2003-06-14 / www.classicstoday.com / Jed Distler
FRANÇOIS COUPERIN Sixième Ordre; Dix-hutième Ordre; Huitième Ordre
Couperin on piano? The idea is not so far-fetched as it may seem. After all, none other than Johannes Brahms edited his complete keyboard music for Novello (aimed at pianists, of course). Romantic-era artists such as Ignace Jan Paderewski and Harold Bauer recorded La Bandoline and Le Carillon de Cythère, while Marcelle Meyer’s Couperin recordings reveal how plausible and expressive this music can sound on the concert grand. Closer to our time, the Russian pianist Gregory Sokolov has delved into Couperin’s oeuvre in concert, though not yet on disc.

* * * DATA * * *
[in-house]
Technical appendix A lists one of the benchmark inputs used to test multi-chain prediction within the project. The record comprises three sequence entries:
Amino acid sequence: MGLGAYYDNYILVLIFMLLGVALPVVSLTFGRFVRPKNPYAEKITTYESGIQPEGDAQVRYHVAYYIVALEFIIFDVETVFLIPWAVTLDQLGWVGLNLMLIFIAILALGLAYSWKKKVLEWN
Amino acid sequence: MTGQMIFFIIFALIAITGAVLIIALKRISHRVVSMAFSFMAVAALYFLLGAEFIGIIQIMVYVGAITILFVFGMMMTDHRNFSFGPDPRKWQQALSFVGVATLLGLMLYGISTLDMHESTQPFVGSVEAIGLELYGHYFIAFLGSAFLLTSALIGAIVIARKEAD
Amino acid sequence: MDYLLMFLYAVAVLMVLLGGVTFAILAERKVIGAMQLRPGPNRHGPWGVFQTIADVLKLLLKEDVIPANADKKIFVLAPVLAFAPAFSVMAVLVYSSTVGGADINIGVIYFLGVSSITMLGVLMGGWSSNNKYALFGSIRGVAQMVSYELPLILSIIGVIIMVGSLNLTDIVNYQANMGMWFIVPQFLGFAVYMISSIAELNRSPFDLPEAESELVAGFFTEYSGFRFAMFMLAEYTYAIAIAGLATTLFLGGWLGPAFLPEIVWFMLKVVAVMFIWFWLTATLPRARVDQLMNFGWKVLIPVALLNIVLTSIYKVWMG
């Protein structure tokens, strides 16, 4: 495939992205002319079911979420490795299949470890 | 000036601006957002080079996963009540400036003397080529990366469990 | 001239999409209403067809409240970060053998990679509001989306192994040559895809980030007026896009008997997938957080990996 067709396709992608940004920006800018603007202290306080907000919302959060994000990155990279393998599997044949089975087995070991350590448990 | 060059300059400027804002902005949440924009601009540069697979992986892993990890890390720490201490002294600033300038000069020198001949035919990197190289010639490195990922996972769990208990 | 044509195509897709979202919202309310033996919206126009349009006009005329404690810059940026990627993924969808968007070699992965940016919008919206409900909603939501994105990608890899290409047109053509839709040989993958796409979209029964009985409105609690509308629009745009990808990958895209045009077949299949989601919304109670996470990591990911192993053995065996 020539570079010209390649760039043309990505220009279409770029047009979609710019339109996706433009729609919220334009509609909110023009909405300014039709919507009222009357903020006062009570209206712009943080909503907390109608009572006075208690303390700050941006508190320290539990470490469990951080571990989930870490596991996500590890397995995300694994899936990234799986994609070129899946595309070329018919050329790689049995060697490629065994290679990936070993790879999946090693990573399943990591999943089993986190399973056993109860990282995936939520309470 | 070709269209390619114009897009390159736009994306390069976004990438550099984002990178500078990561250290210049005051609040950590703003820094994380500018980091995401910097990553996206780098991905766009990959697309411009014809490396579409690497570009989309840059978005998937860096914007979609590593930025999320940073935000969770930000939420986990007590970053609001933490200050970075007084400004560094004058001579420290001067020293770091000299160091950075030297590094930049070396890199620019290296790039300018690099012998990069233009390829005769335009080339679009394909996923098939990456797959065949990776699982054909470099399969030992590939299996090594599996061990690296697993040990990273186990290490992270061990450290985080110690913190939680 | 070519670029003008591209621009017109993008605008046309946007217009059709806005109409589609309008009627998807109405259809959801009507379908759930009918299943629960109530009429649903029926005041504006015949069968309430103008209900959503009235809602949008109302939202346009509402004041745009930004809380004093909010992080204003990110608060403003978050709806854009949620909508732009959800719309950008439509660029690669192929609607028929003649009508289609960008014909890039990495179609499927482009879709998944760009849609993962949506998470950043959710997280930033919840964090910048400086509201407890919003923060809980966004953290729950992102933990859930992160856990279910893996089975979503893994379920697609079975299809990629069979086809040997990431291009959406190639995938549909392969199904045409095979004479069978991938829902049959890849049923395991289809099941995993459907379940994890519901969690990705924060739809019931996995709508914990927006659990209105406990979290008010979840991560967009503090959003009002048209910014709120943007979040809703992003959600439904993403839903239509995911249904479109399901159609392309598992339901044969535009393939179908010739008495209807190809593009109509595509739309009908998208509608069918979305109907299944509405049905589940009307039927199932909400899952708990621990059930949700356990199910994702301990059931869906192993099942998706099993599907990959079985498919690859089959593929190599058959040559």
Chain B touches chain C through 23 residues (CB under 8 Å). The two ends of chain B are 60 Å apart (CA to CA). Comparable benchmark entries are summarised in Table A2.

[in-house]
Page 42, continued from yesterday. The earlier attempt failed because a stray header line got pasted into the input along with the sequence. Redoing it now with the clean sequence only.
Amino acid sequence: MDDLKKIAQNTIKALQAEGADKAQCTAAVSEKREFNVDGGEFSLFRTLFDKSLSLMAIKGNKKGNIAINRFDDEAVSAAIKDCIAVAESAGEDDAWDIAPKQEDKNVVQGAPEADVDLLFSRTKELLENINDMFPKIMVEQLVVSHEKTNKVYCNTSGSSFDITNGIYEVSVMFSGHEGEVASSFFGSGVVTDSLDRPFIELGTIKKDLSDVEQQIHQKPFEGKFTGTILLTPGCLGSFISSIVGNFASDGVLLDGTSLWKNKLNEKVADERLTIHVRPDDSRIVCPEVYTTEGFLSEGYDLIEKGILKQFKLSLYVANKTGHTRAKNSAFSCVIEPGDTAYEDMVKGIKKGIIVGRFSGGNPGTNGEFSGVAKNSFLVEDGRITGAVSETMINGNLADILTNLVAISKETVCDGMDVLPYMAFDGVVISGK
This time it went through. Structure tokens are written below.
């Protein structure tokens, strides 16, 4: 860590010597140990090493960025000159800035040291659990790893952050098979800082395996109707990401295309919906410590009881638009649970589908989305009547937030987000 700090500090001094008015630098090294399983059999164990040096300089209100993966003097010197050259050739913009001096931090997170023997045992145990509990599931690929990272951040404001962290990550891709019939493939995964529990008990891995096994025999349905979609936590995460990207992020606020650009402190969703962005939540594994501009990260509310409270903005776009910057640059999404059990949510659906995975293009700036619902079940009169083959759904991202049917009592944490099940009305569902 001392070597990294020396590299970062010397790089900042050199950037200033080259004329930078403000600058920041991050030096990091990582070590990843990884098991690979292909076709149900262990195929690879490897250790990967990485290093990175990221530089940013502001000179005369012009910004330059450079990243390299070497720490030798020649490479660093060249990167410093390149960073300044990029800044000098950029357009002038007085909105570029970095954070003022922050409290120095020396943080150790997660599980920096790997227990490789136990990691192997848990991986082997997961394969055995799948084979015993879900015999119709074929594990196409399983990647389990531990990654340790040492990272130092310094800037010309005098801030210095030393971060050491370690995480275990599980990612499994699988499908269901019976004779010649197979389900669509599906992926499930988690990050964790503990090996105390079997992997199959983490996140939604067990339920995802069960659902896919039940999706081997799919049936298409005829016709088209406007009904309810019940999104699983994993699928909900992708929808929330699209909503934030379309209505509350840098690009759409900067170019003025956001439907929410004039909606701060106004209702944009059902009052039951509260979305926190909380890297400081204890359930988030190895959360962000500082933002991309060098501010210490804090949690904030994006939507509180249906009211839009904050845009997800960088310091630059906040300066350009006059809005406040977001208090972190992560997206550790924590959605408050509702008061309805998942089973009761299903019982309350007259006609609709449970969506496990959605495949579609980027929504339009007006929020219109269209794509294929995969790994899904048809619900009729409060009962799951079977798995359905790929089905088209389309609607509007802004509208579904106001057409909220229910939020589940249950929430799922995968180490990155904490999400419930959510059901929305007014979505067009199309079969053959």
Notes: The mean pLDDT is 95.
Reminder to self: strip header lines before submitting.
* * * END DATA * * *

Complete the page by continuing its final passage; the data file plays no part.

However, Angela Hewitt’s first of three projected Couperin releases may well become a paradigm, a reference point for future pianists wishing to explore this repertoire. Anyone who claims that a modern grand’s sonority is too heavy or stylistically incongruous for doing justice to Couperin’s delicate textures and intricate embellishments simply hasn’t heard Hewitt. She’s a master of balancing lines against each other so that they stay vibrant and alive at any tempo, scaling dynamics with the utmost subtlety, and timing cadences with perfectly spaced single notes or rolled chords. Notice, for example, how Hewitt’s aptly chosen rubatos for Les Barricades Mistérieuses intensify the composer’s intended phrase displacements, or how Hewitt’s shifts in register replicate the harpsichord’s two-manual effect without drawing attention to them. And I wager that Hewitt’s early background as a dancer informs her unerring tempo choices. Hyperion’s excellent engineering plus Hewitt’s articulate, well-researched annotations enhance this altogether delectable release.